Community Blog Detailed Explanation of Yurt-Tunnel | Resolving the O&M Monitoring Challenges of Kubernetes in Cloud-Edge Collaboration

Detailed Explanation of Yurt-Tunnel | Resolving the O&M Monitoring Challenges of Kubernetes in Cloud-Edge Collaboration

This article elaborates how Yurt-Tunnel expands the related capabilities of the native Kubernetes system in edge scenarios.

By He Linbo (Xinsheng)


With the rapid development of 5G, IoT, and other technologies, edge computing has been increasingly applied to industries and scenarios, such as telecommunications, media, transportation, logistics, agriculture, and retail. It has become the key method to improving data transmission efficiency in these fields. Meanwhile, the form, scale, and complexity of edge computing are growing. However, the O&M methods and capabilities of the edge computing field to support the speed of edge business innovation are becoming increasingly weak. As a result, Kubernetes has become a key element in edge computing to help enterprises run containers at the edge better, maximize resource utilization, and shorten the R&D cycles.

However, there are still many problems to be solved if native Kubernetes is directly applied to edge computing scenarios. For example, the cloud and the edge are usually located at different network planes, and edge nodes are generally located inside firewalls. The adoption of the cloud (central)-edge collaboration framework will lead to the following challenges for the O&M and monitoring capabilities of the native Kubernetes system:

  • Missing Kubernetes native O&M capabilities (for example, kubectl logs/exec cannot be executed)
  • Failure of major monitoring and O&M components in the community (such as Prometheus/metrics-server)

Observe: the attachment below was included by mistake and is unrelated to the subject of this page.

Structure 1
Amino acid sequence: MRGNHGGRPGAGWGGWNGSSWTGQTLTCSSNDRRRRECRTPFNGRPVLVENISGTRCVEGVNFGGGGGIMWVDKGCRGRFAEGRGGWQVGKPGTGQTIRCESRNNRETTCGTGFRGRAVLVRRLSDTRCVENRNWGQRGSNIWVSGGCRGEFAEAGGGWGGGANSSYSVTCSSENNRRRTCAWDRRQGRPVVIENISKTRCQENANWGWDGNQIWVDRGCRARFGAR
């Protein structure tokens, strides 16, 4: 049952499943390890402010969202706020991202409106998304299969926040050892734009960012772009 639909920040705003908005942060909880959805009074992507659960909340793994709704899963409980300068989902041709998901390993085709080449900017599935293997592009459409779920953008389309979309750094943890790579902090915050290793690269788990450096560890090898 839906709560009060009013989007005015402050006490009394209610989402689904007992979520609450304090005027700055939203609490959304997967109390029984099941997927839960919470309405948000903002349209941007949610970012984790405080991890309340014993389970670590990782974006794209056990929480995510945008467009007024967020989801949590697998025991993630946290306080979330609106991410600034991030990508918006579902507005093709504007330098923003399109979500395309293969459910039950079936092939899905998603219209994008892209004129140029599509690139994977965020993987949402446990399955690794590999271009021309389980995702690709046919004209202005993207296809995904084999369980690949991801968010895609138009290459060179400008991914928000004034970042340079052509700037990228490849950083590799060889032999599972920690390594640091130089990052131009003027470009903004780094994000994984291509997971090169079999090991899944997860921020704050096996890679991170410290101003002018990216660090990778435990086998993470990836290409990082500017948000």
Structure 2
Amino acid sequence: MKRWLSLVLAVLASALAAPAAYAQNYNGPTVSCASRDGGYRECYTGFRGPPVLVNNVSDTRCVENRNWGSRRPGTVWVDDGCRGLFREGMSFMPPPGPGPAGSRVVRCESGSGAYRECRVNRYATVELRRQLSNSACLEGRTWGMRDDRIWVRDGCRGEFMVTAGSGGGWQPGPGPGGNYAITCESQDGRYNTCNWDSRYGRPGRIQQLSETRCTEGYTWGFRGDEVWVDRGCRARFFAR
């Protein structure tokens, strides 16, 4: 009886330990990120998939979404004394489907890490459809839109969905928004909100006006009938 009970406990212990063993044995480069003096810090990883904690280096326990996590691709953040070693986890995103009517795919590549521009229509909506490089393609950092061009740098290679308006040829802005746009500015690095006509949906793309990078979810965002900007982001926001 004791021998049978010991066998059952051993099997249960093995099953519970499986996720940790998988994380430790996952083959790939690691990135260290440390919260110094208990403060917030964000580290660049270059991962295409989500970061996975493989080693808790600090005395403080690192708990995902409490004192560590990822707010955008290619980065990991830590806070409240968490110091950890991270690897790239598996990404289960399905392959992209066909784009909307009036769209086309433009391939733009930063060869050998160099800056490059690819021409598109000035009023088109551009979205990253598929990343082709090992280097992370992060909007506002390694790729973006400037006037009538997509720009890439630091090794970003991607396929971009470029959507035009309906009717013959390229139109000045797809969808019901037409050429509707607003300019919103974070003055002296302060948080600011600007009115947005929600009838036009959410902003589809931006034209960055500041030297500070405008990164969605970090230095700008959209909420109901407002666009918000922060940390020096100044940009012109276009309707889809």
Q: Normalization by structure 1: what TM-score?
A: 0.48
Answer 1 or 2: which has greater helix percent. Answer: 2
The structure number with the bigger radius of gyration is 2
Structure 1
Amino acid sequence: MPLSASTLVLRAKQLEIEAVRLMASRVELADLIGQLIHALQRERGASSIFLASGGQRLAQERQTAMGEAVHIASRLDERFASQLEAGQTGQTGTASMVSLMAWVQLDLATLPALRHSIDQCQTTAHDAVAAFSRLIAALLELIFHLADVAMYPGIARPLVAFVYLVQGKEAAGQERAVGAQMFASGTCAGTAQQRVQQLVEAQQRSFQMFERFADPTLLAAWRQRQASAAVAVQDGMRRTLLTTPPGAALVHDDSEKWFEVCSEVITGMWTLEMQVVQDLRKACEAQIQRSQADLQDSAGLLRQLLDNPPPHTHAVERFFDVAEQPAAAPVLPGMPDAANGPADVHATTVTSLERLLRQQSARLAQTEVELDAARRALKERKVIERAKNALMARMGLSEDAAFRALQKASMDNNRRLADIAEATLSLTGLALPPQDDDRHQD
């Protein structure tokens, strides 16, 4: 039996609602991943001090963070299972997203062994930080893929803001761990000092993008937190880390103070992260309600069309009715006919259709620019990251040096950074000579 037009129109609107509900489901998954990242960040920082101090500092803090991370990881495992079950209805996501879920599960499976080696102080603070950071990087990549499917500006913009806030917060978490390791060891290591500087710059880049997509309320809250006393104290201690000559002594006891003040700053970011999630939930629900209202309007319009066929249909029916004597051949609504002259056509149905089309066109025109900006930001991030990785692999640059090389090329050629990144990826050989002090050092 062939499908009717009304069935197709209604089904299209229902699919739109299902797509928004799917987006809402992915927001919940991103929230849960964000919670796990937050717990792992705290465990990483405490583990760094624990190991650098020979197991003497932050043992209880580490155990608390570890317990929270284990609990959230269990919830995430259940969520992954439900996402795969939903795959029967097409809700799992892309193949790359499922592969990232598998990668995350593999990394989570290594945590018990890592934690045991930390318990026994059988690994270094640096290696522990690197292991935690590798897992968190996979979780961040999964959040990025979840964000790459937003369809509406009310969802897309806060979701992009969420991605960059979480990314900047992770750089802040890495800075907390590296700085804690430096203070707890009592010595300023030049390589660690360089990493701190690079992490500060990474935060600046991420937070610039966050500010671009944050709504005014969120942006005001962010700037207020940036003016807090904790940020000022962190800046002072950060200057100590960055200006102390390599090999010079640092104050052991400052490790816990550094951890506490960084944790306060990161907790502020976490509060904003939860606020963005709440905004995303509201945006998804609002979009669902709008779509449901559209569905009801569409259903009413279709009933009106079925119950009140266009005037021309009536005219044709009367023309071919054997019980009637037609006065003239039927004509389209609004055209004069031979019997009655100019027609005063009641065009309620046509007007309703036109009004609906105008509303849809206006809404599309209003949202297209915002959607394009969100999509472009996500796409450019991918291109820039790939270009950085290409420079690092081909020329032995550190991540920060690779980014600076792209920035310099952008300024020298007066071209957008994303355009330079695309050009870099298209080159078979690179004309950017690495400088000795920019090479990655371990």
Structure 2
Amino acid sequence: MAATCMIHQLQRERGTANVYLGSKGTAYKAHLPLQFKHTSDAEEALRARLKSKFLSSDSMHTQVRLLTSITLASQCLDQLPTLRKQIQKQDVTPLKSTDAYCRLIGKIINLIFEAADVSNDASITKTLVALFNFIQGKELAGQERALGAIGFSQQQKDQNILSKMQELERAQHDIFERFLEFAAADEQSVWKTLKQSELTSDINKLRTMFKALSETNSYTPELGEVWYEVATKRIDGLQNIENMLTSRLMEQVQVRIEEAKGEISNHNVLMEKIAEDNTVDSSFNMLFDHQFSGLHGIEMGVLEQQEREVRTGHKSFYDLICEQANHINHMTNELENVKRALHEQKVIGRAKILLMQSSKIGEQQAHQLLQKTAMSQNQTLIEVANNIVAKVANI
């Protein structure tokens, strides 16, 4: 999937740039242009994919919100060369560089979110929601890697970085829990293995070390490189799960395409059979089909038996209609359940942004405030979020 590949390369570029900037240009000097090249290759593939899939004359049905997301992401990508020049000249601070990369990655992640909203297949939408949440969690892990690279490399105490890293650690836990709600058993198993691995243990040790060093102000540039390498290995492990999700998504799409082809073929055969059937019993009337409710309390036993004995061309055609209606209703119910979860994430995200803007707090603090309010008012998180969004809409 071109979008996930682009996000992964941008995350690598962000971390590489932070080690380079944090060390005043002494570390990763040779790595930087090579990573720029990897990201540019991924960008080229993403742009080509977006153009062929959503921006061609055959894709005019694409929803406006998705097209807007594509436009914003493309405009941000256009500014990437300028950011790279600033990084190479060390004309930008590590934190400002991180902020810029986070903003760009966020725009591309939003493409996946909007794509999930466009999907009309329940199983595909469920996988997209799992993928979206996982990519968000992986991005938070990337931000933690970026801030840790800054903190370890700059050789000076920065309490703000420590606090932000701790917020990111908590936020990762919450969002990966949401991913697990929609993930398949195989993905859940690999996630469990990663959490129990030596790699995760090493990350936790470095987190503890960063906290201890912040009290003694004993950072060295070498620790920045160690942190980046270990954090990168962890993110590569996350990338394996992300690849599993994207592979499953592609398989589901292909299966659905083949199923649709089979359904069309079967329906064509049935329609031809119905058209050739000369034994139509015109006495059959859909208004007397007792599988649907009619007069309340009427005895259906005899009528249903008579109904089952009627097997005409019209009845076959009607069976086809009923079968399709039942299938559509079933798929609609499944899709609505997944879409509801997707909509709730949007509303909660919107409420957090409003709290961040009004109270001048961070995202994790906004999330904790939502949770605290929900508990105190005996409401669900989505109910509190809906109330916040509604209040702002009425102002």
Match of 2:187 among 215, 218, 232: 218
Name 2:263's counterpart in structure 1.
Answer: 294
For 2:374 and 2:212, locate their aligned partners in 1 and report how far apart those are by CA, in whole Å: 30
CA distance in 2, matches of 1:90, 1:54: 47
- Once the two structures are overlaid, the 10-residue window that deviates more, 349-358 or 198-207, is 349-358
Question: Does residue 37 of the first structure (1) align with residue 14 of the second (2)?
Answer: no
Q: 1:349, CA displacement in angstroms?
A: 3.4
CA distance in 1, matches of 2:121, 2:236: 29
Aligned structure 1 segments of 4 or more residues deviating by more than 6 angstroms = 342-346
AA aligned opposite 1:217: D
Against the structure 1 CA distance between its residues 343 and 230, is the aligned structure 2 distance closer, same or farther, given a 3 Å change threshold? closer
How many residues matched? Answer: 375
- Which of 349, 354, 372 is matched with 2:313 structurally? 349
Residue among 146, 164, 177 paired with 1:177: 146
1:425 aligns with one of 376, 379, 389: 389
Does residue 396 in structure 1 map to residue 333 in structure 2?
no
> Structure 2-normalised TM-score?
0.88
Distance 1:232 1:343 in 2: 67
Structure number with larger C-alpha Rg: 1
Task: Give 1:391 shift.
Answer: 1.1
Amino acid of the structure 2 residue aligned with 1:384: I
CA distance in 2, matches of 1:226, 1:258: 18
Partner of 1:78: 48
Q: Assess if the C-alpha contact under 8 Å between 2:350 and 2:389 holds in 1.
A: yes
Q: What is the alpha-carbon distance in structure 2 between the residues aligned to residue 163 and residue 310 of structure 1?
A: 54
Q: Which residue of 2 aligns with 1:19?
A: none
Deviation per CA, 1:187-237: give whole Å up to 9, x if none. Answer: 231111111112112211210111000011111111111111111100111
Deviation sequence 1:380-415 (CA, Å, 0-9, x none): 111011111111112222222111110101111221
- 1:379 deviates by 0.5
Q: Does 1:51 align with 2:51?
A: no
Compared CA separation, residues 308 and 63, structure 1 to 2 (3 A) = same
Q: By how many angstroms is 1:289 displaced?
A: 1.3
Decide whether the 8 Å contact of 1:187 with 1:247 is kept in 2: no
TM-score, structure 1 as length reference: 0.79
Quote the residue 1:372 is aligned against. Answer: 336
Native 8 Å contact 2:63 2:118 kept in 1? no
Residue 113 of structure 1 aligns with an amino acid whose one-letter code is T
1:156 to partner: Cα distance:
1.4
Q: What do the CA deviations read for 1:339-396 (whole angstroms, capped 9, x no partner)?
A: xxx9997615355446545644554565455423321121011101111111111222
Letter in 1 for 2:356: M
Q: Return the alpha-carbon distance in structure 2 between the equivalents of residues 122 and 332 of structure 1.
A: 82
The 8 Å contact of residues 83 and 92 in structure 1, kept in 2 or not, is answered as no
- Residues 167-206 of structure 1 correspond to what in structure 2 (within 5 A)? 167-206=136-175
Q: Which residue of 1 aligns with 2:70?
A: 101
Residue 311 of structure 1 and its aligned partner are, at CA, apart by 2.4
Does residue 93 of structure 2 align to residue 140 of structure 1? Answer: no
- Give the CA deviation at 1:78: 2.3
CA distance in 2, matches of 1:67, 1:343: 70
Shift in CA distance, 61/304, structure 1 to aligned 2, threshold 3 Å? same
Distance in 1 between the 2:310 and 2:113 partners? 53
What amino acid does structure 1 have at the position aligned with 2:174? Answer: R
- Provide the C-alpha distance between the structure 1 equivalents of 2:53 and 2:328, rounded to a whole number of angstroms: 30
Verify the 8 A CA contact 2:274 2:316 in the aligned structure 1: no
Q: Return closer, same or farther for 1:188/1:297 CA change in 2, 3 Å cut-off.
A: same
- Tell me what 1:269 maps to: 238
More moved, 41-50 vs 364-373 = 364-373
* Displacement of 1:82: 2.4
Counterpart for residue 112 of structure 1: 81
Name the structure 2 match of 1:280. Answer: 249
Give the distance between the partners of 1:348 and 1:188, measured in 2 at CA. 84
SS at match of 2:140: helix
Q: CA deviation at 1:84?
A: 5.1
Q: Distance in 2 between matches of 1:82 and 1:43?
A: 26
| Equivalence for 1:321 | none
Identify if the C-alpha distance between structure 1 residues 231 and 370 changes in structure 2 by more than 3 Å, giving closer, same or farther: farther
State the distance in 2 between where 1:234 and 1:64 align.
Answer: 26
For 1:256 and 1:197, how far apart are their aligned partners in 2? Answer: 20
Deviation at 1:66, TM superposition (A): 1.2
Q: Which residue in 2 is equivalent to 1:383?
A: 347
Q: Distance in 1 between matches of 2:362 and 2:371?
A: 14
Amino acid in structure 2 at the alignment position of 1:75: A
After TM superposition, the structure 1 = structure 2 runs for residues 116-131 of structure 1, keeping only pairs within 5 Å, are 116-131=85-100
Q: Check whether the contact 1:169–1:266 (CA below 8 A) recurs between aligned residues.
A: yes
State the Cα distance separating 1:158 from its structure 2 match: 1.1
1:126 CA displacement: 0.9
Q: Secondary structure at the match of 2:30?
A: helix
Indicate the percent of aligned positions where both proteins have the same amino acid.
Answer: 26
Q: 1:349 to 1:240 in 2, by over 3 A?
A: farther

Enterprises need to solve the challenges of native Kubernetes in edge scenarios, such as application lifecycle management, cloud-edge network connection, cloud-edge O&M collaboration, and heterogeneous resource support. For this purpose, OpenYurt, an edge computing, cloud-native, open-source platform based on Kubernetes has emerged. It is also an important part of the CNCF edge cloud-native. This article elaborates how Yurt-Tunnel, one of the core components of OpenYurt, expands the related capabilities of the native Kubernetes system in edge scenarios.

Design Ideas of Yurt-Tunnel

Since the edge can access the cloud, it is possible to consider building a tunnel that can be reversely penetrated at the cloud to ensure that the cloud (center) can actively access the edge based on the tunnel. We have investigated many open-source tunnel solutions from the perspectives of capabilities and ecological compatibility. We finally chose to design and implement the overall solution of Yurt-Tunnel based on ANP with the advantages of security, non-intrusion, scalability, and efficient transmission.


Implementation Methods

A secure, non-invasive, and scalable reverse channel solution in the Kubernetes cloud-edge integrated framework must include at least the following capabilities:

  • Cloud-edge tunnel construction
  • Self-management of certificates at both ends of the tunnel
  • Seamless backflow of cloud component requests to the tunnel

The following figure shows the framework modules of Yurt-Tunnel:


3.1 Construction of Cloud-Edge Tunnel

  • When the yurt-tunnel-agent on the edge is started, it establishes and registers a connection with the yurt-tunnel-server based on the access address. It also detects the health status of the connection and re-establishes the connection periodically.
# https://github.com/openyurtio/apiserver-network-proxy/blob/master/pkg/agent/client.go#L189
# The registration information of the yurt-tunnel-agent:
"agentID": {nodeName}
"agentIdentifiers": ipv4={nodeIP}&host={nodeName}"